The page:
Hi-tech Monks

Hi-tech Monks

TNT

2.4m Thai National Telescope

Getting going in the TNT control room

Getting going in the TNT control room

After two full days of preparations, we began our first night-time observations with probably the best observing conditions I’ve seen since arriving. We managed to complete almost all of the on-sky commissioning tests, as well as some nice PR shots, in the first two nights. This was incredibly lucky, because after this we were sitting in a pile of cloud for almost the entirety of the rest of our observing time. The following day Vik was keen to go walking in the afternoon, but having missed two whole nights of sleep within a week, it would have taken a lot to get me to wake up earlier than necessary. It took two or three nights to finally start to feel ‘normal’ again.

Stuart prettifying our PR shot of the Nautilus Galaxy

Stuart prettifying our PR shot of the Nautilus Galaxy

On the last afternoon of Vik, Stu and Paul’s time at the telescope, we did manage a walk along a nature trail through the jungle. It was very beautiful, and near the end the jungle opened up to alpine grassland and a great view (when the clouds offered the occasional gap). Thanks to Nu for showing us!

Start of the Nature Trail

Start of the Nature Trail

CIMG7771 CIMG7832

Just to prove I was there

Just to prove I was there

Finishing with a nice glimpse of the Royal Pagodas

Finishing with a nice glimpse of the Royal Pagodas

That will do for now. More photos and stories next time.

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Excitement, despair, and how to tell the difference

EDIT: This post was mostly written a week ago on the train down to London. I’ll try to catch up with everything in the meantime as soon as I can.

FYI: This is likely to the be the first in a number of posts as I try to catch you up with my hectic life over the last few weeks.
Since my last post about the meeting in Oxford, there’s been a huge amount of activity and emotion (chiefly excitement and despair, in approximately equal measure). You may recall my post a few weeks ago about the mysterious fast transient we serendipitously discovered with the pt5m. I’d decided it wasn’t moving, and that the intrinsic colour of the flash was quite blue, so our favourite theory back then was that it was a very bright stellar flare from a dim M-dwarf star. The problem was, we couldn’t identify a quiescent counterpart in any available catalogue (see image below), meaning that if this was an M-dwarf flare, the star itself must be very faint, and the amplitude of the flare must have been enormous. We could set a minimum flare amplitude of 6-7 magnitudes, which means an increase in brightness of 1000 times the normal level, at least. This is a rather rare occurrence, and so would be very interesting in itself.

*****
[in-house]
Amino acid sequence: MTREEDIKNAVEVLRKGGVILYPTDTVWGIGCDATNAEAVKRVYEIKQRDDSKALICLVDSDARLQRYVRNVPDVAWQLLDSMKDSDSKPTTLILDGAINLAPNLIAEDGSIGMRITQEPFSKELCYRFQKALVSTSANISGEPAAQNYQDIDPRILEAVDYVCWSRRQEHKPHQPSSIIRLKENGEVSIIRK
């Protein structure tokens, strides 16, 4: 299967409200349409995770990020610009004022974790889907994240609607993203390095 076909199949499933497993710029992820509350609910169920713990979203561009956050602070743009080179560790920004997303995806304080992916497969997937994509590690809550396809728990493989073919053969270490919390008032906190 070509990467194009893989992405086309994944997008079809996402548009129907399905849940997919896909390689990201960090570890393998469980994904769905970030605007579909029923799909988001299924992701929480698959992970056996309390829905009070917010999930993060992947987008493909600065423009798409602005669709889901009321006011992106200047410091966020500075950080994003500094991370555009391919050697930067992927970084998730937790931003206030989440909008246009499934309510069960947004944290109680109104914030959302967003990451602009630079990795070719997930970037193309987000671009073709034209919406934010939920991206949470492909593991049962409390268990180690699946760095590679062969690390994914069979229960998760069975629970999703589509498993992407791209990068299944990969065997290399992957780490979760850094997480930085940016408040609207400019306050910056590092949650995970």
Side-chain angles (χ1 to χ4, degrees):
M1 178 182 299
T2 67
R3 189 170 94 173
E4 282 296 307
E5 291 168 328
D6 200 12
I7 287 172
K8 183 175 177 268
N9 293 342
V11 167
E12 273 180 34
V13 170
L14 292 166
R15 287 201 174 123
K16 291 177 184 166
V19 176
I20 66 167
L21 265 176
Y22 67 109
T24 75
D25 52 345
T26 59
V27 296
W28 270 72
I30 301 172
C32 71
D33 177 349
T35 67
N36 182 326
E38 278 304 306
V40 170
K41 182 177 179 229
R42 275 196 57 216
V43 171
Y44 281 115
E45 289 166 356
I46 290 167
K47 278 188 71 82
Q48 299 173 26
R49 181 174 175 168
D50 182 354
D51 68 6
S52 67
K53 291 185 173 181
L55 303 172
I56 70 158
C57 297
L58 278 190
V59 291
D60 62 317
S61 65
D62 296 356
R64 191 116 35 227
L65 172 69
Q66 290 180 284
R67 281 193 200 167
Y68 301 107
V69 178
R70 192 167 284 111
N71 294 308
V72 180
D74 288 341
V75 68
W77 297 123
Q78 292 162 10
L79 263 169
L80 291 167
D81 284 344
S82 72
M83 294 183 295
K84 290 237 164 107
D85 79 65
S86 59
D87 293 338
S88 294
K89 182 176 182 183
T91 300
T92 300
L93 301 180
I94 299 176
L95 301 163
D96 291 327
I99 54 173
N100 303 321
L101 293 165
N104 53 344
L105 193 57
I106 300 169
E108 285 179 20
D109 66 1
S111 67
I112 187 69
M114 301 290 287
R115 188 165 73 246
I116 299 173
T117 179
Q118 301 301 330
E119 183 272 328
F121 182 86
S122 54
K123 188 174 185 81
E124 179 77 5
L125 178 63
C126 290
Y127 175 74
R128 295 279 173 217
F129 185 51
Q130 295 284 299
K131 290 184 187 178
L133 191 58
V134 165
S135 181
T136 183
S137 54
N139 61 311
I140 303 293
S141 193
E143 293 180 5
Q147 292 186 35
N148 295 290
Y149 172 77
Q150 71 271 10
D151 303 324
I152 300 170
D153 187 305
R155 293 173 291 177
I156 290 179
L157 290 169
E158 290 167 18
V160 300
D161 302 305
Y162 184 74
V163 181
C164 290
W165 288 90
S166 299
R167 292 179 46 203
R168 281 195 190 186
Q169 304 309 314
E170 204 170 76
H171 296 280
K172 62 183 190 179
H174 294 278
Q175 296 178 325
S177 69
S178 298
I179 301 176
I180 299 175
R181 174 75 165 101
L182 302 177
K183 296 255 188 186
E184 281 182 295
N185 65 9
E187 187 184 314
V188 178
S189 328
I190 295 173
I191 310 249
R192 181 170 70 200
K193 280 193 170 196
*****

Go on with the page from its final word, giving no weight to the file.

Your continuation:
This screenshot shows the position of our transient source (purple cross) with a wide gap around it. There are no sources in *any* astronomical catalogue at any wavelength at this position

This screenshot shows the position of our transient source (purple cross) with a wide gap around it. There are no sources in any astronomical catalogue in any wavelength at this position.

The big news on the day after the Oxford meeting was that whilst looking over the images of the same field from the weekend, I spotted another fast transient event! Even more incredible though, was that this one was clearly a diffuse source, showing a kind of dumbbell shape, like two sources, just touching, fading in unison (later we noticed a third little blob right next to the others, also fading at the same rate, thus presumably of the same origin). This new event was not quite as bright as the previous one, and some 13 days later, but was very nearly in the same place in the sky (about 15 arcseconds away). This was wonderfully exciting, and had both my supervisors grinning and celebrating with a trip out to get “posh coffee”. I use this situation to define ‘excitement’.
These two events could of course have been completely coincidental and unrelated, but after ruling out all the “dull” explanations (reflective glints from satellites, comets and ghosts in the telescope optics) we came up with a plausible (though unlikely) explanation. We proposed that the original flash was indeed a very bright stellar flare from an incredibly faint dwarf or young star, perhaps shrouded in clouds of gas and dust some 300 light years away. The second, diffuse flare could then be a reflection of the original flash by a surrounding gas cloud, at a distance of 13 light days (about 10 times the size of Pluto’s orbit). This was a very interesting idea, and one that could hopefully be proved by the discovery of the faint quiescent source.